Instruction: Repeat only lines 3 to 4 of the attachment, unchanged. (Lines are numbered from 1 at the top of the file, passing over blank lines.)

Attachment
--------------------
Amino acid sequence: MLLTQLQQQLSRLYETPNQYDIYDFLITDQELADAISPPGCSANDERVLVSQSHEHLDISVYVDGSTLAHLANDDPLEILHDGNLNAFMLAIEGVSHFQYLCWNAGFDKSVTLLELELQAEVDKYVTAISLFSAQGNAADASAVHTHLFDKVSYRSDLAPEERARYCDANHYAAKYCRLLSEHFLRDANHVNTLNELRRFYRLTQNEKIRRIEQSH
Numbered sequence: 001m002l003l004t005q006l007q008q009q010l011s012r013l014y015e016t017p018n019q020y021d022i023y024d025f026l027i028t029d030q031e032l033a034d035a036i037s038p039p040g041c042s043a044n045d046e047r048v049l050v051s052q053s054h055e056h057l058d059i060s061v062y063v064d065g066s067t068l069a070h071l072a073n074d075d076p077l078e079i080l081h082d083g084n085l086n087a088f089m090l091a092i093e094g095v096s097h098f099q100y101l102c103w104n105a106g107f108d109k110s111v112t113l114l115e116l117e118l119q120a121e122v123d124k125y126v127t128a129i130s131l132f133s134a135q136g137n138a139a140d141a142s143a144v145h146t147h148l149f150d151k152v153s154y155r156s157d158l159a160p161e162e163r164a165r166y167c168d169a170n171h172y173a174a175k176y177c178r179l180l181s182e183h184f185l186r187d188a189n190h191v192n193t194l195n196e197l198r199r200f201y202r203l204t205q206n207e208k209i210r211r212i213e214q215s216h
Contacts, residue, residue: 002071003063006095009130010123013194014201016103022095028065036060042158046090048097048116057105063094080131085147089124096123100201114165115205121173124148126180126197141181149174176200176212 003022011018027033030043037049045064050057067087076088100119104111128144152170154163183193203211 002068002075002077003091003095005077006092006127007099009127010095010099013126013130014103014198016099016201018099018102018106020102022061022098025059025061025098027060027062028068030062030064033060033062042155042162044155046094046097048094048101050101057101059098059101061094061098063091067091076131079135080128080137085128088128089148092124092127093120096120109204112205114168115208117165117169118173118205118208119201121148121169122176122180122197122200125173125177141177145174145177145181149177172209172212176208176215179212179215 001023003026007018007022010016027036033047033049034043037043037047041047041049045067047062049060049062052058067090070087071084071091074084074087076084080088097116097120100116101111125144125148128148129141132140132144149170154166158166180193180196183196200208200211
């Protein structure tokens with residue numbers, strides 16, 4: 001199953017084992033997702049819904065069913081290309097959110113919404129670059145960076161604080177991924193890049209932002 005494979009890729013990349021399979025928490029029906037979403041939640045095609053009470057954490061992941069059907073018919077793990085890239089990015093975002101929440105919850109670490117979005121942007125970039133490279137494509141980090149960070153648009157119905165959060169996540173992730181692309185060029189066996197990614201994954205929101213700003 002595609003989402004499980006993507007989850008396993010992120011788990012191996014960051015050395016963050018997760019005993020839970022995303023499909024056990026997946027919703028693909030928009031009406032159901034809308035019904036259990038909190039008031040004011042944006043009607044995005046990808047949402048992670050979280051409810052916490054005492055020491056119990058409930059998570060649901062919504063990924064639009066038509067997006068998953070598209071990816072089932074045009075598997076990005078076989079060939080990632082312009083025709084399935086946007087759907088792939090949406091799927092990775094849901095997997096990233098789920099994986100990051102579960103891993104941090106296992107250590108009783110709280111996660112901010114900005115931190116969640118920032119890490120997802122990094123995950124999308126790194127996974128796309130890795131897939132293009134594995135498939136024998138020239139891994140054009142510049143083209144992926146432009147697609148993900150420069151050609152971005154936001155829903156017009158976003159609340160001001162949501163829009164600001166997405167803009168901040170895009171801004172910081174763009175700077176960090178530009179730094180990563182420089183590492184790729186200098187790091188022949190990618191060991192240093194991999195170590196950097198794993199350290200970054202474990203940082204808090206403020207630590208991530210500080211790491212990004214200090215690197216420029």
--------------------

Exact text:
Contacts, residue, residue: 002071003063006095009130010123013194014201016103022095028065036060042158046090048097048116057105063094080131085147089124096123100201114165115205121173124148126180126197141181149174176200176212 003022011018027033030043037049045064050057067087076088100119104111128144152170154163183193203211 002068002075002077003091003095005077006092006127007099009127010095010099013126013130014103014198016099016201018099018102018106020102022061022098025059025061025098027060027062028068030062030064033060033062042155042162044155046094046097048094048101050101057101059098059101061094061098063091067091076131079135080128080137085128088128089148092124092127093120096120109204112205114168115208117165117169118173118205118208119201121148121169122176122180122197122200125173125177141177145174145177145181149177172209172212176208176215179212179215 001023003026007018007022010016027036033047033049034043037043037047041047041049045067047062049060049062052058067090070087071084071091074084074087076084080088097116097120100116101111125144125148128148129141132140132144149170154166158166180193180196183196200208200211
């Protein structure tokens with residue numbers, strides 16, 4: 001199953017084992033997702049819904065069913081290309097959110113919404129670059145960076161604080177991924193890049209932002 005494979009890729013990349021399979025928490029029906037979403041939640045095609053009470057954490061992941069059907073018919077793990085890239089990015093975002101929440105919850109670490117979005121942007125970039133490279137494509141980090149960070153648009157119905165959060169996540173992730181692309185060029189066996197990614201994954205929101213700003 002595609003989402004499980006993507007989850008396993010992120011788990012191996014960051015050395016963050018997760019005993020839970022995303023499909024056990026997946027919703028693909030928009031009406032159901034809308035019904036259990038909190039008031040004011042944006043009607044995005046990808047949402048992670050979280051409810052916490054005492055020491056119990058409930059998570060649901062919504063990924064639009066038509067997006068998953070598209071990816072089932074045009075598997076990005078076989079060939080990632082312009083025709084399935086946007087759907088792939090949406091799927092990775094849901095997997096990233098789920099994986100990051102579960103891993104941090106296992107250590108009783110709280111996660112901010114900005115931190116969640118920032119890490120997802122990094123995950124999308126790194127996974128796309130890795131897939132293009134594995135498939136024998138020239139891994140054009142510049143083209144992926146432009147697609148993900150420069151050609152971005154936001155829903156017009158976003159609340160001001162949501163829009164600001166997405167803009168901040170895009171801004172910081174763009175700077176960090178530009179730094180990563182420089183590492184790729186200098187790091188022949190990618191060991192240093194991999195170590196950097198794993199350290200970054202474990203940082204808090206403020207630590208991530210500080211790491212990004214200090215690197216420029």